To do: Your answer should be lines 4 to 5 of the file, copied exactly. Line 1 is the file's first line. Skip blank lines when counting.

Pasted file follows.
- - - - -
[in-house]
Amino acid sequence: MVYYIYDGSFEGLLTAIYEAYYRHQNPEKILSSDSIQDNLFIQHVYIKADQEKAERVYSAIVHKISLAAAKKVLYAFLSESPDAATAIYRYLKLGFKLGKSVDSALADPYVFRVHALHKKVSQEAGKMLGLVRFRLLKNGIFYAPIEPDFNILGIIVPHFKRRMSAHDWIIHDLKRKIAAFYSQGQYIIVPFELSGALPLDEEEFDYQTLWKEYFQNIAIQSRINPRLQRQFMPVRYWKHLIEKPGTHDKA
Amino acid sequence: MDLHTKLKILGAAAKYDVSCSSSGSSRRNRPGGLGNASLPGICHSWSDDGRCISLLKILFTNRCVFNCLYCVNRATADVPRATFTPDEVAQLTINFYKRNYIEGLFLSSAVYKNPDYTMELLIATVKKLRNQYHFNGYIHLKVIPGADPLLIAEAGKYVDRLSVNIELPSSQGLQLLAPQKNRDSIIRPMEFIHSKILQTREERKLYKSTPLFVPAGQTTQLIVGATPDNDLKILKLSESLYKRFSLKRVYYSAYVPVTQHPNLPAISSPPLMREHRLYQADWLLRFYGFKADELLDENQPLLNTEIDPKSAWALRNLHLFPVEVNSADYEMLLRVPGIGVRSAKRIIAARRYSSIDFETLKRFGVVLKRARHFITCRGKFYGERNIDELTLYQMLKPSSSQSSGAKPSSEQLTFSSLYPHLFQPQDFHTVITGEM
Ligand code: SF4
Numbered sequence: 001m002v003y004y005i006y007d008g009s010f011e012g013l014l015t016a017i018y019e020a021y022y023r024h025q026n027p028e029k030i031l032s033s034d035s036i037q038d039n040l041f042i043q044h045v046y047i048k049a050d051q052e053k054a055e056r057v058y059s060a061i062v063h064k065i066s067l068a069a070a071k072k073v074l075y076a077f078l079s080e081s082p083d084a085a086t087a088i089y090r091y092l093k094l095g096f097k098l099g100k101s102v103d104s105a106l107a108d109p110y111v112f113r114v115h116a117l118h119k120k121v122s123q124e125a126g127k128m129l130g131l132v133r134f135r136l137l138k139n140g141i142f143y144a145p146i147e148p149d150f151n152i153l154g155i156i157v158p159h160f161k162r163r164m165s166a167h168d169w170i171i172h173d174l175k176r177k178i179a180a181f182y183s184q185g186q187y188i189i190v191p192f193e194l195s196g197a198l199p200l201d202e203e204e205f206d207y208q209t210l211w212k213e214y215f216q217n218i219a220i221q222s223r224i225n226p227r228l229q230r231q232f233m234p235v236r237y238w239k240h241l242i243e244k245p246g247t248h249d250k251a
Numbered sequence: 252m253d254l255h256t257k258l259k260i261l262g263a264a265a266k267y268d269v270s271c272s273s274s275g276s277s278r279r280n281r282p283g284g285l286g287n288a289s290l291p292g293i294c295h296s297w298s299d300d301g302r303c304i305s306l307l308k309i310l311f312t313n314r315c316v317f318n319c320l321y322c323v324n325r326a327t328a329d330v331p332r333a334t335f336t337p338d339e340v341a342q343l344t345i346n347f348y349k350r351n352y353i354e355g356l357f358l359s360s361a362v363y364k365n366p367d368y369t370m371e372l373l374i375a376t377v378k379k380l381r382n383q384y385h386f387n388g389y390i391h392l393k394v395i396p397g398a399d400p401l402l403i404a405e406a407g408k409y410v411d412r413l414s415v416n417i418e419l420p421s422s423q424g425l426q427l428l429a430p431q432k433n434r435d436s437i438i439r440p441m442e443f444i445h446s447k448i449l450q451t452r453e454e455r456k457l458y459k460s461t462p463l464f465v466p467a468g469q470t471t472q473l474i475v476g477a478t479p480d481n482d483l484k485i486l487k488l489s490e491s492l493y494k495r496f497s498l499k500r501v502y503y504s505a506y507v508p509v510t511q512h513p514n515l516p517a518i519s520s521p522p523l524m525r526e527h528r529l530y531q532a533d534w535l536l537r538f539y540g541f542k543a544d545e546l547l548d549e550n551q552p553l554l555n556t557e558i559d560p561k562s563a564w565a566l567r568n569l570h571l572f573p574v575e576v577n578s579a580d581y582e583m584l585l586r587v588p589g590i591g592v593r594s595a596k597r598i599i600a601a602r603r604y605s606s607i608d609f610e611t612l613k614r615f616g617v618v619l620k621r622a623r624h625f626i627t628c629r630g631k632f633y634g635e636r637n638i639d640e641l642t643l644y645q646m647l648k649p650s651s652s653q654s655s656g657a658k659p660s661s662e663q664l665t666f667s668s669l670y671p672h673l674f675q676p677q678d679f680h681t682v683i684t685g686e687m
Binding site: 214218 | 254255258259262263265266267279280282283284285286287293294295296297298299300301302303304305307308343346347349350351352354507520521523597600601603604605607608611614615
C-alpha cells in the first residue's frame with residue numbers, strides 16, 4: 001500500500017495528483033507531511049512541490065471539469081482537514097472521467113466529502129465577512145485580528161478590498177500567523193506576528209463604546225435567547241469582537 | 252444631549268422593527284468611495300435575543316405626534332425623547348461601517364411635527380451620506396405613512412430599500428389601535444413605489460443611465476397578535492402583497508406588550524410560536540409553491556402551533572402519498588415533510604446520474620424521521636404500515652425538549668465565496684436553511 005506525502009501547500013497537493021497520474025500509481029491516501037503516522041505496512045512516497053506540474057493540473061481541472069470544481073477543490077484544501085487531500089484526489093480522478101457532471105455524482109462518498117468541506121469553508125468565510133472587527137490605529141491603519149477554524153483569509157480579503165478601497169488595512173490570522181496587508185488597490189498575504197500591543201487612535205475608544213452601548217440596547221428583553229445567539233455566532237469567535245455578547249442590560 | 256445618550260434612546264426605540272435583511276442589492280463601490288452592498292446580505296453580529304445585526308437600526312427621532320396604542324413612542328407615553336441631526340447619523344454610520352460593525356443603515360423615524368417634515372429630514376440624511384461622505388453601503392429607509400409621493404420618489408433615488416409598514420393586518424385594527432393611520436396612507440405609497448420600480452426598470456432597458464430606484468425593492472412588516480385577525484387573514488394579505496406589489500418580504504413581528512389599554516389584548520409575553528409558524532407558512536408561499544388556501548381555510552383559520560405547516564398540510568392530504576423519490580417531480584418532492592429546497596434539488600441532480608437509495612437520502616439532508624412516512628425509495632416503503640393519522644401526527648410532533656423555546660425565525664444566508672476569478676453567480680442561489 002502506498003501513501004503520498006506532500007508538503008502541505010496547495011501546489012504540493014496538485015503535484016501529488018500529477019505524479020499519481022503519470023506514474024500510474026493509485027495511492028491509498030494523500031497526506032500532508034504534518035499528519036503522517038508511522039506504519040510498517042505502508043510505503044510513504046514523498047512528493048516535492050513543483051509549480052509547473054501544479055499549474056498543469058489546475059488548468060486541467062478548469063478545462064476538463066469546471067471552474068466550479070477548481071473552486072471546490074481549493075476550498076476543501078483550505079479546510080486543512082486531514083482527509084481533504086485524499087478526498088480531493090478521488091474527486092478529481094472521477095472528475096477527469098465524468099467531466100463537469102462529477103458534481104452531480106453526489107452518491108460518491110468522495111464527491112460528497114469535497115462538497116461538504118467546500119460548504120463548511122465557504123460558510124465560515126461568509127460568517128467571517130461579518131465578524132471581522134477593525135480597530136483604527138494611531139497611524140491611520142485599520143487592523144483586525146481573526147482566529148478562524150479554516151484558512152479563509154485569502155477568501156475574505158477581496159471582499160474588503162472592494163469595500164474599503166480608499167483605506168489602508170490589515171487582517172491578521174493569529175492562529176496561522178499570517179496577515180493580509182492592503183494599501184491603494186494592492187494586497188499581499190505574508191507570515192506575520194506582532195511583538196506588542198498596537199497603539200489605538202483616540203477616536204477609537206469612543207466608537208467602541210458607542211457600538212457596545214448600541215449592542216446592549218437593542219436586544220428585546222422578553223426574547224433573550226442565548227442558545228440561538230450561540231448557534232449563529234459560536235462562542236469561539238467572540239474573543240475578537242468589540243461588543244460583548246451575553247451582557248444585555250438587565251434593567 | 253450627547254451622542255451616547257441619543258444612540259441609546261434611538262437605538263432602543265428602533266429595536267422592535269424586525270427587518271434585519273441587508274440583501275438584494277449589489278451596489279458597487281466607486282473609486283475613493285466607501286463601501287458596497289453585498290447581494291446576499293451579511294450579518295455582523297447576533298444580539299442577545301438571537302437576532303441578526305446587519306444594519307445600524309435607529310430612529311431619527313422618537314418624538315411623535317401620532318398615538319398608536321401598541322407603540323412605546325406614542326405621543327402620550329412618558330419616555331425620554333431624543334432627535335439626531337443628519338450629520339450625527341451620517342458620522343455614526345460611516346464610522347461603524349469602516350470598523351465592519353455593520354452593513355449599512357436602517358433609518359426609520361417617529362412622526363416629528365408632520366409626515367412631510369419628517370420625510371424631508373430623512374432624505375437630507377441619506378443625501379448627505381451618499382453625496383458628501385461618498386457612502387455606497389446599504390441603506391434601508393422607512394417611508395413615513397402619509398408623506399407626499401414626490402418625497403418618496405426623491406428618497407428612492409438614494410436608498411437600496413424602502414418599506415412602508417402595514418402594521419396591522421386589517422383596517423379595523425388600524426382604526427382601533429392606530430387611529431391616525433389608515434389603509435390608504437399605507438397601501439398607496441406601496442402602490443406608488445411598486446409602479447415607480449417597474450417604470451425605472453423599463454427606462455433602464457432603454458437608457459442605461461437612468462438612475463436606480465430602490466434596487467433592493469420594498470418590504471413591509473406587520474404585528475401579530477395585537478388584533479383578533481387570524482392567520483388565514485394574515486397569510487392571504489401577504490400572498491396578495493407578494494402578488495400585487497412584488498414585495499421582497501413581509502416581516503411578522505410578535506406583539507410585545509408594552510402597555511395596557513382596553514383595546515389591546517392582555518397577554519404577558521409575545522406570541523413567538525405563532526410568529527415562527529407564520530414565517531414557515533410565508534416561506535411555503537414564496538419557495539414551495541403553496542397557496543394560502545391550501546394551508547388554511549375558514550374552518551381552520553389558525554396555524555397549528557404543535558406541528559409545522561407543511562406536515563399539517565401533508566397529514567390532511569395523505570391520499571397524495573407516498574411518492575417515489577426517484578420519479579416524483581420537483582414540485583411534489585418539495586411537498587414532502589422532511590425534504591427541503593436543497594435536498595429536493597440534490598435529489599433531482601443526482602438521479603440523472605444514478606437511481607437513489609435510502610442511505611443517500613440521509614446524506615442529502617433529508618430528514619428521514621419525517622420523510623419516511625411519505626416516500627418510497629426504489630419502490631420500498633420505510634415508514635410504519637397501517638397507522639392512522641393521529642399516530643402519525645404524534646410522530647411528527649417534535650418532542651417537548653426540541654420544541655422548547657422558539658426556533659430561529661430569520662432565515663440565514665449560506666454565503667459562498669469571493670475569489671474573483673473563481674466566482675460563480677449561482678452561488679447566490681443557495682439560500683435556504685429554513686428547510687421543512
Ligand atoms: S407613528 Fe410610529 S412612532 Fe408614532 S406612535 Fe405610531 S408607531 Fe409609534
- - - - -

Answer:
Ligand code: SF4
Numbered sequence: 001m002v003y004y005i006y007d008g009s010f011e012g013l014l015t016a017i018y019e020a021y022y023r024h025q026n027p028e029k030i031l032s033s034d035s036i037q038d039n040l041f042i043q044h045v046y047i048k049a050d051q052e053k054a055e056r057v058y059s060a061i062v063h064k065i066s067l068a069a070a071k072k073v074l075y076a077f078l079s080e081s082p083d084a085a086t087a088i089y090r091y092l093k094l095g096f097k098l099g100k101s102v103d104s105a106l107a108d109p110y111v112f113r114v115h116a117l118h119k120k121v122s123q124e125a126g127k128m129l130g131l132v133r134f135r136l137l138k139n140g141i142f143y144a145p146i147e148p149d150f151n152i153l154g155i156i157v158p159h160f161k162r163r164m165s166a167h168d169w170i171i172h173d174l175k176r177k178i179a180a181f182y183s184q185g186q187y188i189i190v191p192f193e194l195s196g197a198l199p200l201d202e203e204e205f206d207y208q209t210l211w212k213e214y215f216q217n218i219a220i221q222s223r224i225n226p227r228l229q230r231q232f233m234p235v236r237y238w239k240h241l242i243e244k245p246g247t248h249d250k251a